Many white settlers and proponents for expansion worried that Native Americans would prove to be obstacles to their land ambitions. Many thought that Native Americans stood in the way of progress and civilization; many white settlers assumed they were uncivilized “savages” who made no good use of the land they possessed. These proponents of expansion pressured the American federal government to remove the Native Americans from their lands and give them instead to the new settlers.


gast american progress
American Progress by John Gast, 1872, via Wikimedia Commons


The federal government complied with said demands, as the belief that native lands were not achieving their full potential was widespread. President Andrew Jackson, for example, justified the expansion of America and the “Indian Removal” by understanding it as an extension of the American area of freedom and the fulfillment of the nation’s ideals. He defined aggressive actions through greatness and not through necessary sacrifice; it was a duty, not a chore. Though one of the first to articulate the basis of Manifest Destiny, Jackson wasn’t the last to build on the doctrine.


The United States government was willing to make compromises in its advances, but at all times, it considered its cause fair, just, and mandated. To fully achieve its destiny, America had to eliminate those who stood in the way of progress. Native Americans, according to the US government, were not part of the equation of success of the American way of life. Hence they were removed from their lands and forced to relocate west of the Mississippi, being “allowed” to pursue their own ways. In reality, they were primarily given a choice between two options: assimilation or extermination.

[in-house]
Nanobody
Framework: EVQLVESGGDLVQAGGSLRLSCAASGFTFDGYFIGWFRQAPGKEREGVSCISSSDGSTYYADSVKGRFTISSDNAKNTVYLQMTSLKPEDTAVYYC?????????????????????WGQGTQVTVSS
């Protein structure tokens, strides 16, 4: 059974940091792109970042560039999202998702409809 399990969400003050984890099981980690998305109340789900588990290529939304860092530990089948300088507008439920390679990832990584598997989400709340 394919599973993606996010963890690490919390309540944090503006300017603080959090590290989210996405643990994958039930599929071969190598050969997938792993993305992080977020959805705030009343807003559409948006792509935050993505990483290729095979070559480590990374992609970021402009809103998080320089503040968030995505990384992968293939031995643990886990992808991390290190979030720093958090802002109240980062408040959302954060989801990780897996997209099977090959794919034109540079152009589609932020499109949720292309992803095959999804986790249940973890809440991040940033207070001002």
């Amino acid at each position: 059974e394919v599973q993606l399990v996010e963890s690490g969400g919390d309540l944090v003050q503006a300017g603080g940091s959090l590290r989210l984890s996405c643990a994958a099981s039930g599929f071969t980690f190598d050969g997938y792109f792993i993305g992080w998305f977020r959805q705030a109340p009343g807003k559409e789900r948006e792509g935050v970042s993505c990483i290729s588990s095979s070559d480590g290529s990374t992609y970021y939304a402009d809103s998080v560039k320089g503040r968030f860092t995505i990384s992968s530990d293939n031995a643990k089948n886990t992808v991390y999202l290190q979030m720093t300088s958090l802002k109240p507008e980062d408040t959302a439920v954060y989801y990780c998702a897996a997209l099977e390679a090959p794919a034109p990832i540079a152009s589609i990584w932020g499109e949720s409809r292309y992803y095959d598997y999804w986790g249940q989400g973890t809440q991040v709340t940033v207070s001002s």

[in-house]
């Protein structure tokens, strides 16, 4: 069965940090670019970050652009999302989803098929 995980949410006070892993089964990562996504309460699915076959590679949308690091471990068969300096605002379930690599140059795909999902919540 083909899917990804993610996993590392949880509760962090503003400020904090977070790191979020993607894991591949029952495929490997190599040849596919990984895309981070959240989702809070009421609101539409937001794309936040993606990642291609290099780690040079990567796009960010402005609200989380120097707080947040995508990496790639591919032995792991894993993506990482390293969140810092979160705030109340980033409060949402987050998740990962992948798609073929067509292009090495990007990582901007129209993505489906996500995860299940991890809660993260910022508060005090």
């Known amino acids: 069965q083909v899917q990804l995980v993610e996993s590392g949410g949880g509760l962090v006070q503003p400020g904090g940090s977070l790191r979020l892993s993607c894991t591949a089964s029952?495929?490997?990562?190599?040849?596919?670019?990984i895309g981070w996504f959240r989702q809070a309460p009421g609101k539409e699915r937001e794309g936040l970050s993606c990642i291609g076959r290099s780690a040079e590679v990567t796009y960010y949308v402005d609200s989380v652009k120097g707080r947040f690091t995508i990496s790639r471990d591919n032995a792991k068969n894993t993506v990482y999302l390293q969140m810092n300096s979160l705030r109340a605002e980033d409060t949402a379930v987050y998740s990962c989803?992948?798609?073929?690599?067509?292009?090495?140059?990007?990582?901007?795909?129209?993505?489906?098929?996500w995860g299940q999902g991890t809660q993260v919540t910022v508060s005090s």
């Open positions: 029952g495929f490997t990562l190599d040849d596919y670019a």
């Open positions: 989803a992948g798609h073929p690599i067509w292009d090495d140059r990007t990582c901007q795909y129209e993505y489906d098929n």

Expansion to the West & the South: The Mexican-American War

baillie battle of buena vista
Battle of Buena Vista by James Baillie, 1847, via The New York Review


In addition to westward expansion and the forced removal of Native American tribes, the United States sought to expand its borders by looking at its neighbor in the south. Mexico had undergone a similar independence struggle only a few decades after the United States. By 1821, Mexico was an independent country more than twice the size of America but consumed by internal turmoil and frequently threatened by external interventions.


The land gained by Mexico with its independence from Spain was so vast that the weak central government could barely administer it. Instead, only the regional governments held sufficient power to protect themselves and their interests. Furthermore, like the Americans, Mexico was also hostile to the Native Americans who inhabited what the Mexican government considered their legitimate lands.


Unable to manage them effectively, the Mexican lands in the way of the United States’ ambitions eventually became cause for conflict. Tens of thousands of “Anglos”—white, English-speaking Americans—as well as many white European immigrants, had settled into Mexican territory, primarily Texas. The US government favored this position as it provided them with potential causes for tensions and, eventually, annexation. These causes did eventually appear when the successful Texas Revolution led the newly independent nation of Texas to be annexed by America by their choosing.


In 1846, American President James K. Polk found a casus belli to invade Mexico when American military forces were attacked on disputed land. Thus, the Mexican-American War began, a conflict that led to a dramatic increase in America’s borders and its positioning as the main hegemonic power on the continent. Although not everyone in the United States agreed to the “wicked” war, namely the Whigs opposed it, a surge in patriotism and the fulfilled promise of Manifest Destiny made the United States’ ambitions unstoppable.


Slavery: The Central Piece of the Expansionist Puzzle

sale bill slaves
[Sale Bill Poster], 1829, via Hulton Archive, Wall Street Journal